Early intervention in caring for someone with dementia is critical, as it expands the reach of treatments that can slow down cognitive decline, give more time for important decision-making, and promote a better quality of life for the whole family.
Whether or not your loved one has been officially diagnosed with dementia – researchers have found that the majority of the time there will be no formal diagnosis until later stages – if there is no plan of care in place, a crisis occurs where you and your family are left scrambling for a solution, often at the expense of what you and your loved one want and need. Early intervention in caring for someone with dementia is critical, as it expands the reach of treatments that can slow down cognitive decline, give more time for important decision-making, and promote a better quality of life for the whole family.
If you’re looking to provide your loved one with the help and support they need, there are two important steps to start this journey: First, talk to your loved one about what you have noticed and how they are feeling. Second, put an action plan in place as soon as possible to increase your loved one’s chances of living safely, comfortably, and joyfully. Denial, lack of awareness, or an “I’ll get around to it” mentality can be an additional hurdle you need to manage, and providing examples of the benefits of early intervention will be necessary for those conversations.
Here we explore what early intervention means and its primary goals; some evidence-based benefits of early intervention; and how Lizzy Care’s unique and personalized approach to memory can make all the difference for your loved one’s well-being.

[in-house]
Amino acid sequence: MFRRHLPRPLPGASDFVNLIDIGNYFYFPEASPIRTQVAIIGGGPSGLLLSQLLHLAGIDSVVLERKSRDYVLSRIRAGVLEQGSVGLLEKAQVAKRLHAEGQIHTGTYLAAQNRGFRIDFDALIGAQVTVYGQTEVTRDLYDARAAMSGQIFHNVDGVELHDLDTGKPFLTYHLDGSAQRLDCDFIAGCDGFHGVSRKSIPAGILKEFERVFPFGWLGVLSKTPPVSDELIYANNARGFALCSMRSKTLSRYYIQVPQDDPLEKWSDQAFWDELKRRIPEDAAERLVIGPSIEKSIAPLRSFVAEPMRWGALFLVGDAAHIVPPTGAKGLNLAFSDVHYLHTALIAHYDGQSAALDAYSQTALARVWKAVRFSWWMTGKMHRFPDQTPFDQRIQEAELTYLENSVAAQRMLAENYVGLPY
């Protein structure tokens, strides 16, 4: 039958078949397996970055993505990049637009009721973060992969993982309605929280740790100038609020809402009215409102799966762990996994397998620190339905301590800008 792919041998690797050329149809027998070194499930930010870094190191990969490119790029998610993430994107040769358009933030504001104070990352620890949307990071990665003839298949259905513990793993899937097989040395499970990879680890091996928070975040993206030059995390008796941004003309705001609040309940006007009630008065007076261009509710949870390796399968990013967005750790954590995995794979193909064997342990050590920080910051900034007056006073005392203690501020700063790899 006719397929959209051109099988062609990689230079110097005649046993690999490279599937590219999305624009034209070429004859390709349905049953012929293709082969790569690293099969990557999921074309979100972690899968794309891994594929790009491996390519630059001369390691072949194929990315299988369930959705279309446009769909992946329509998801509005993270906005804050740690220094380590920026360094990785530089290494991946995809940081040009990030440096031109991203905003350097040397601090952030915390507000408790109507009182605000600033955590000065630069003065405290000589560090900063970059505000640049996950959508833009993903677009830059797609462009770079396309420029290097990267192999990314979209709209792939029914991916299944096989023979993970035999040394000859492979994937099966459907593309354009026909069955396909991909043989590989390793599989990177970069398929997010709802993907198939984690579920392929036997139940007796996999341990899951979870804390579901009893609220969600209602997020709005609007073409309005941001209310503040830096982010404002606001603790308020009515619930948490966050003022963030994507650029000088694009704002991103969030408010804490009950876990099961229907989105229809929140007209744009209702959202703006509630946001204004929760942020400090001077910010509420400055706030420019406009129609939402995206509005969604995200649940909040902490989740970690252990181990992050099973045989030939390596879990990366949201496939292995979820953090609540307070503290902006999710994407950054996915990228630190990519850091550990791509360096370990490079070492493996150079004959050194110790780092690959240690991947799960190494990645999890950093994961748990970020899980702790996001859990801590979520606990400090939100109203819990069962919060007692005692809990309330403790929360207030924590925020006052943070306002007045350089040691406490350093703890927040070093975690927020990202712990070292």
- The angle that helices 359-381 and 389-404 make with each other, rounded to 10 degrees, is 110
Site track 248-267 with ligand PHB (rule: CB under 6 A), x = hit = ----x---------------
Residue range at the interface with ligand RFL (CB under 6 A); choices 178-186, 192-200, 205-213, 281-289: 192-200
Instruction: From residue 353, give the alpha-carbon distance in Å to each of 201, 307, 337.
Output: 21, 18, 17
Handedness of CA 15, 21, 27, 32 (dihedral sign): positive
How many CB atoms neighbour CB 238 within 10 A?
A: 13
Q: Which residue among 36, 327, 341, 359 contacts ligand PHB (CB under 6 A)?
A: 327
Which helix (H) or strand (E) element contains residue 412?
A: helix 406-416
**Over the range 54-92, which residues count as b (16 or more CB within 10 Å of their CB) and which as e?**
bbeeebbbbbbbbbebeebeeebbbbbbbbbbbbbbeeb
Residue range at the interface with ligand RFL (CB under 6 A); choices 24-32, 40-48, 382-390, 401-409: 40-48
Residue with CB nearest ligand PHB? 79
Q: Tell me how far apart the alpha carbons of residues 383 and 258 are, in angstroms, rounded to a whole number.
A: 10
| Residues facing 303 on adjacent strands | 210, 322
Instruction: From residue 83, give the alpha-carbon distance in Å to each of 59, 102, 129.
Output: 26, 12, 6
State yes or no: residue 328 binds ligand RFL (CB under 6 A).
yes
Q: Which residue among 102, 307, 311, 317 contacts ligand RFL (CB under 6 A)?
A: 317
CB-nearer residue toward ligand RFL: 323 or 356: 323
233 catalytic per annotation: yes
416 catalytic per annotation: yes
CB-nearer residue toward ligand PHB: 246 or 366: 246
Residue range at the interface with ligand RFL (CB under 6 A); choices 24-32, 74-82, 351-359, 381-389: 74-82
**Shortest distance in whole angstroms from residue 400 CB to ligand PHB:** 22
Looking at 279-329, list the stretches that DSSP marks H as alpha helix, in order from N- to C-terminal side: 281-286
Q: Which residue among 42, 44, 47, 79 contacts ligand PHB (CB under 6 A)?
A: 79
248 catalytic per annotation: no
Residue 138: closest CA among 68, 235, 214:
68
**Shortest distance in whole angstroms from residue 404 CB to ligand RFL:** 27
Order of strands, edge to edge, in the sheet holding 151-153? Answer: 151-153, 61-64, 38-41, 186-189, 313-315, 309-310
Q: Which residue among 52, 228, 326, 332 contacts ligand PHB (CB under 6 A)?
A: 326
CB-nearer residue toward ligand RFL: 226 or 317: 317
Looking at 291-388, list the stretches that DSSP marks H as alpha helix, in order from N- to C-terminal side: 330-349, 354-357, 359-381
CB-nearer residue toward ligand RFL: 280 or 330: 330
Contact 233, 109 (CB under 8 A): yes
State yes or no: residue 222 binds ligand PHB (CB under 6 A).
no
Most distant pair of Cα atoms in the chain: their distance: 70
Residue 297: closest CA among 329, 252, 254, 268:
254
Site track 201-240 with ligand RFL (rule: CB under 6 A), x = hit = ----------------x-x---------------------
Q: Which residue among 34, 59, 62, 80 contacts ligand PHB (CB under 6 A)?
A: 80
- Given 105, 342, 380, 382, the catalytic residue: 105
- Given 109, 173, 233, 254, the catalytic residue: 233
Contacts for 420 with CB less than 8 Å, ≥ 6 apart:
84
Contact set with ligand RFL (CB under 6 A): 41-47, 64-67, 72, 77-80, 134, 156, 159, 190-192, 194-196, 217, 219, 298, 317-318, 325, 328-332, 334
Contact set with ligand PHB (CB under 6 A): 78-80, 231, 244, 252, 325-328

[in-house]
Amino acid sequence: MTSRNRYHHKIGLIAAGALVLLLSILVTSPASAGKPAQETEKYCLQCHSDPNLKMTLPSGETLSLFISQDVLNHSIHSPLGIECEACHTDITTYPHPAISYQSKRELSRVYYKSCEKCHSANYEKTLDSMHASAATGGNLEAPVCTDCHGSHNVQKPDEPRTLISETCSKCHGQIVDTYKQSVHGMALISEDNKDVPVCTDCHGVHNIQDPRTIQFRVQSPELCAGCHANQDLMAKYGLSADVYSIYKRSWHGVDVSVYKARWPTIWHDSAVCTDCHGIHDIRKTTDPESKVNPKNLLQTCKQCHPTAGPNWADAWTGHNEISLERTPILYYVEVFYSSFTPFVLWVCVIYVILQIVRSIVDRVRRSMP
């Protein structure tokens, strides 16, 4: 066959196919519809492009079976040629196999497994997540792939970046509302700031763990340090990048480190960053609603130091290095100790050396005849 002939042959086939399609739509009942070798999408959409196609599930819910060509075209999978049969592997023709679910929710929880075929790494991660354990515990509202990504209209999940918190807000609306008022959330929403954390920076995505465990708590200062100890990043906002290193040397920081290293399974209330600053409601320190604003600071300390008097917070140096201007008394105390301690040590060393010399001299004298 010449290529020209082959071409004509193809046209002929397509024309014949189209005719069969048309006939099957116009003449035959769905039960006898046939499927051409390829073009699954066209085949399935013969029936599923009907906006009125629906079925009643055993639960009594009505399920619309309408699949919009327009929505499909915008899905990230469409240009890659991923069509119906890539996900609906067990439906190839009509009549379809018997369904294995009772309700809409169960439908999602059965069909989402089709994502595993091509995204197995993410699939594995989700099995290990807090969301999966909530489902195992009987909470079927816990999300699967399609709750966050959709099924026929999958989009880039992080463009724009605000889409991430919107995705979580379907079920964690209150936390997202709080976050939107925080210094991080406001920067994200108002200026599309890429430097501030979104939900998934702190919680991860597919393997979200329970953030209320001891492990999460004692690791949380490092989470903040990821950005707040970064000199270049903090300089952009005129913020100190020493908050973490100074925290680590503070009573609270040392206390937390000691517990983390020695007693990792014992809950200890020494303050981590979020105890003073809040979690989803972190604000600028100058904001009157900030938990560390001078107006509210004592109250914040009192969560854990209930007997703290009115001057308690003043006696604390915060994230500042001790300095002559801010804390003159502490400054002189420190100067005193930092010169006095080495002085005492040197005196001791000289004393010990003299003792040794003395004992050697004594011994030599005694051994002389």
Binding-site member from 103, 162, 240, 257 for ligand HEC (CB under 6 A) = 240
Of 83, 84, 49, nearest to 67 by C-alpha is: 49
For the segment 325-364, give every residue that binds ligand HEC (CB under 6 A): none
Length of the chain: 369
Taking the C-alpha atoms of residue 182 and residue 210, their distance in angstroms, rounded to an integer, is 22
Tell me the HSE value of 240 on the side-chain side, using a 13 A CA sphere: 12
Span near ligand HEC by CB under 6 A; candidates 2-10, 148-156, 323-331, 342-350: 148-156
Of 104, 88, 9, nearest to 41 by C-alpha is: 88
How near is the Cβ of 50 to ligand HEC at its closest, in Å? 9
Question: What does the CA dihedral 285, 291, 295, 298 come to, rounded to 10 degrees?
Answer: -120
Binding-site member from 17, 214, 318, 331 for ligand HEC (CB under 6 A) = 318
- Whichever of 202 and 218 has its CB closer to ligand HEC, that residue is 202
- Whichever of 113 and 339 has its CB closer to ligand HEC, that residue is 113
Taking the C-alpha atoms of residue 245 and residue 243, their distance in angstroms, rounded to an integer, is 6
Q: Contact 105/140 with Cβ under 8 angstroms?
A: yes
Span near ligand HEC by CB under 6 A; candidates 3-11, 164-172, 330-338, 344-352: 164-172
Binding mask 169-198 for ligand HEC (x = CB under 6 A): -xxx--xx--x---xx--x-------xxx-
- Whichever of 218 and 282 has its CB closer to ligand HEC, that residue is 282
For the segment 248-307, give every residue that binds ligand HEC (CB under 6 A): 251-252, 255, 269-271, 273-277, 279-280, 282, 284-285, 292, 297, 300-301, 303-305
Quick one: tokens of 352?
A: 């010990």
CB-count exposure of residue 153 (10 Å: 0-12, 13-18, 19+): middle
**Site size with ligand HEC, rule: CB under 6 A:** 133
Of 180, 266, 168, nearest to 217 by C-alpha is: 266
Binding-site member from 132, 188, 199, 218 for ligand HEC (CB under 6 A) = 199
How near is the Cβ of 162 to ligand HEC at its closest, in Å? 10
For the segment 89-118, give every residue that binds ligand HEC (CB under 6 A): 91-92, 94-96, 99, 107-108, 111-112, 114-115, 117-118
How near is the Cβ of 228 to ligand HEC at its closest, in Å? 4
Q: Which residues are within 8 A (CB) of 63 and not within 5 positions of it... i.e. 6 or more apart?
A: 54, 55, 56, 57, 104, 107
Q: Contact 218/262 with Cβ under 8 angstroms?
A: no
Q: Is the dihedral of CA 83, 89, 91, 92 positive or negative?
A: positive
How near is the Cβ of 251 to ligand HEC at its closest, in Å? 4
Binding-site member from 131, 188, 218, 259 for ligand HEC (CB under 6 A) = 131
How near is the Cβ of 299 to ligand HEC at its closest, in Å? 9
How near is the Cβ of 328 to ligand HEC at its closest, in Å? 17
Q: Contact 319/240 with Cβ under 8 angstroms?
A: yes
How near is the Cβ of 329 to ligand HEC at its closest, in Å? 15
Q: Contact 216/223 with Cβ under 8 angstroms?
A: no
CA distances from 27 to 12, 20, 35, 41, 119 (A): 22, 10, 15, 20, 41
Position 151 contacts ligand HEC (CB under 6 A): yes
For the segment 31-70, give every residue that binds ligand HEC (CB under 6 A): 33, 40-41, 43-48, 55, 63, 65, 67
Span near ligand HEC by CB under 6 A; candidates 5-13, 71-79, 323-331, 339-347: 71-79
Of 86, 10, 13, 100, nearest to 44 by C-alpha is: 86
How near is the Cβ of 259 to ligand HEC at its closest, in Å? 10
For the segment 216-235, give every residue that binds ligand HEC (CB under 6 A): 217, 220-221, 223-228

What does early intervention mean?
Early intervention aims to halt or slow the progression of cognitive decline, preserve memory, and increase resilience. To achieve this, families must work together to put a specialized plan in place for their loved one, which may include working with an experienced memory care coach who can guide families step by step.
The progression of cognitive decline is on a spectrum and often moves through the following stages:
- Age-related memory loss: Attributed to normal aging, this type of memory loss is common and sporadic.
- Mild cognitive impairment (MCI): Considered the “in-between” stage, MCI can increase one’s risk of developing Alzheimer’s or another form of dementia.
- Progression into various forms of dementia: This can include three formal stages of Alzheimer’s disease (early-, middle-, and late-stage), as well as vascular dementia, frontotemporal dementia, or Huntington’s disease.
The key here is ‘early’ – early intervention is focused on planning for all scenarios, which allows for flexibility and less stress and anxiety for the whole family. Because the early stages of dementia happen silently in the brain before symptoms are exhibited, early intervention is ever more important and ideally happens as soon as those changes become visible, increasing your chances of implementing protocols that can support your loved one’s physical, mental, and emotional well-being. Intervening at later stages limits a family’s choices as they are rooted in short-term problem-solving and crisis management, and only puts undue pressure on the whole family.
Four key benefits of early intervention
1. Age your loved one at home longer, and delay or avoid nursing home admission.
The earlier the need for memory care is recognized, the greater the possibility that your loved one can live independently and grow older in their own home and community, in a way that is safe and comfortable. In a study of a memory clinic tailored to diagnosing and treating Alzheimer’s earlier in the course of the disease, researchers found that “a focus on pre- and postdiagnostic counselling and psychosocial interventions delayed institutionalisation by a median of 9 months, compared to matched controls.”